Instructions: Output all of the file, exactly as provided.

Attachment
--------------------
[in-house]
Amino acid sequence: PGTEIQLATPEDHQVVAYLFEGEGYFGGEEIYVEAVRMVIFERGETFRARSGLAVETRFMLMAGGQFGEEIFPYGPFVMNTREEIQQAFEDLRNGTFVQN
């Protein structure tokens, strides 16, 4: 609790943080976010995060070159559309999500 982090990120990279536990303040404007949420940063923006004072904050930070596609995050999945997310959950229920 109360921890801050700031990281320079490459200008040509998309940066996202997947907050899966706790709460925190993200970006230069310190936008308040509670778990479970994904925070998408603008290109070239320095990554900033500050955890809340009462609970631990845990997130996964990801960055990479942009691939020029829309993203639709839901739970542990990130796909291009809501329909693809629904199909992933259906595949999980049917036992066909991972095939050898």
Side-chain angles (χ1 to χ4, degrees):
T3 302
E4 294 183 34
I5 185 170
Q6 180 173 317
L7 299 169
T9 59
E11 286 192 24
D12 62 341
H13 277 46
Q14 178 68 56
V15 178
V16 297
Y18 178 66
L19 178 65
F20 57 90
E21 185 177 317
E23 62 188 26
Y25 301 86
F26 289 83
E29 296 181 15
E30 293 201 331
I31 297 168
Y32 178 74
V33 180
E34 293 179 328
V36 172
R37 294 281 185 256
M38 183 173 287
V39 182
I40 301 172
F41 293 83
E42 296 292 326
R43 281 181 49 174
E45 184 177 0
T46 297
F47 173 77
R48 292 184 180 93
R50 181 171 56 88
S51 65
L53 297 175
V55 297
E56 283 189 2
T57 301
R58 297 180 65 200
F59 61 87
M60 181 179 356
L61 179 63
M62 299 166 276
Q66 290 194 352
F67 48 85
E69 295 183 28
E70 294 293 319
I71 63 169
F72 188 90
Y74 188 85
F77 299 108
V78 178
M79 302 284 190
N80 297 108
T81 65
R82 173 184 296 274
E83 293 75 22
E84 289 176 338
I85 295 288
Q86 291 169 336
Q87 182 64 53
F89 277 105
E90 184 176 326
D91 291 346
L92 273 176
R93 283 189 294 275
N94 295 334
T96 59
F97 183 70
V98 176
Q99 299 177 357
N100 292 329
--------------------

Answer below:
[in-house]
Amino acid sequence: PGTEIQLATPEDHQVVAYLFEGEGYFGGEEIYVEAVRMVIFERGETFRARSGLAVETRFMLMAGGQFGEEIFPYGPFVMNTREEIQQAFEDLRNGTFVQN
């Protein structure tokens, strides 16, 4: 609790943080976010995060070159559309999500 982090990120990279536990303040404007949420940063923006004072904050930070596609995050999945997310959950229920 109360921890801050700031990281320079490459200008040509998309940066996202997947907050899966706790709460925190993200970006230069310190936008308040509670778990479970994904925070998408603008290109070239320095990554900033500050955890809340009462609970631990845990997130996964990801960055990479942009691939020029829309993203639709839901739970542990990130796909291009809501329909693809629904199909992933259906595949999980049917036992066909991972095939050898």
Side-chain angles (χ1 to χ4, degrees):
T3 302
E4 294 183 34
I5 185 170
Q6 180 173 317
L7 299 169
T9 59
E11 286 192 24
D12 62 341
H13 277 46
Q14 178 68 56
V15 178
V16 297
Y18 178 66
L19 178 65
F20 57 90
E21 185 177 317
E23 62 188 26
Y25 301 86
F26 289 83
E29 296 181 15
E30 293 201 331
I31 297 168
Y32 178 74
V33 180
E34 293 179 328
V36 172
R37 294 281 185 256
M38 183 173 287
V39 182
I40 301 172
F41 293 83
E42 296 292 326
R43 281 181 49 174
E45 184 177 0
T46 297
F47 173 77
R48 292 184 180 93
R50 181 171 56 88
S51 65
L53 297 175
V55 297
E56 283 189 2
T57 301
R58 297 180 65 200
F59 61 87
M60 181 179 356
L61 179 63
M62 299 166 276
Q66 290 194 352
F67 48 85
E69 295 183 28
E70 294 293 319
I71 63 169
F72 188 90
Y74 188 85
F77 299 108
V78 178
M79 302 284 190
N80 297 108
T81 65
R82 173 184 296 274
E83 293 75 22
E84 289 176 338
I85 295 288
Q86 291 169 336
Q87 182 64 53
F89 277 105
E90 184 176 326
D91 291 346
L92 273 176
R93 283 189 294 275
N94 295 334
T96 59
F97 183 70
V98 176
Q99 299 177 357
N100 292 329